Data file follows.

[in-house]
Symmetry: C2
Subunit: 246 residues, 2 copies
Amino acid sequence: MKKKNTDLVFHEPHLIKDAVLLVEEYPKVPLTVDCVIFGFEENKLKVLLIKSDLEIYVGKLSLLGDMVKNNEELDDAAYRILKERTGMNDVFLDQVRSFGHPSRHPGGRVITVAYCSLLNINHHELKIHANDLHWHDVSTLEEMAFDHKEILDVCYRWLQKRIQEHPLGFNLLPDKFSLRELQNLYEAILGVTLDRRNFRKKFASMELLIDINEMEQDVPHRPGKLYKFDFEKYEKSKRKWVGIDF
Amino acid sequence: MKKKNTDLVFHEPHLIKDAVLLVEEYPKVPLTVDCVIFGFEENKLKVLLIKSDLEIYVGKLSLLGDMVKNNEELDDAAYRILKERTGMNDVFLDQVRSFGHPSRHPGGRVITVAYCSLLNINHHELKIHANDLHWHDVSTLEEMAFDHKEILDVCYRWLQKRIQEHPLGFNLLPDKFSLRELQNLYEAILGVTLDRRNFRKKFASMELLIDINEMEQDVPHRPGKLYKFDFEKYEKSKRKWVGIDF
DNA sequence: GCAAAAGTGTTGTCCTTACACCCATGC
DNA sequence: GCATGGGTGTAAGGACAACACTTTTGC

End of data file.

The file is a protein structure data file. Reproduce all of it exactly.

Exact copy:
[in-house]
Symmetry: C2
Subunit: 246 residues, 2 copies
Amino acid sequence: MKKKNTDLVFHEPHLIKDAVLLVEEYPKVPLTVDCVIFGFEENKLKVLLIKSDLEIYVGKLSLLGDMVKNNEELDDAAYRILKERTGMNDVFLDQVRSFGHPSRHPGGRVITVAYCSLLNINHHELKIHANDLHWHDVSTLEEMAFDHKEILDVCYRWLQKRIQEHPLGFNLLPDKFSLRELQNLYEAILGVTLDRRNFRKKFASMELLIDINEMEQDVPHRPGKLYKFDFEKYEKSKRKWVGIDF
Amino acid sequence: MKKKNTDLVFHEPHLIKDAVLLVEEYPKVPLTVDCVIFGFEENKLKVLLIKSDLEIYVGKLSLLGDMVKNNEELDDAAYRILKERTGMNDVFLDQVRSFGHPSRHPGGRVITVAYCSLLNINHHELKIHANDLHWHDVSTLEEMAFDHKEILDVCYRWLQKRIQEHPLGFNLLPDKFSLRELQNLYEAILGVTLDRRNFRKKFASMELLIDINEMEQDVPHRPGKLYKFDFEKYEKSKRKWVGIDF
DNA sequence: GCAAAAGTGTTGTCCTTACACCCATGC
DNA sequence: GCATGGGTGTAAGGACAACACTTTTGC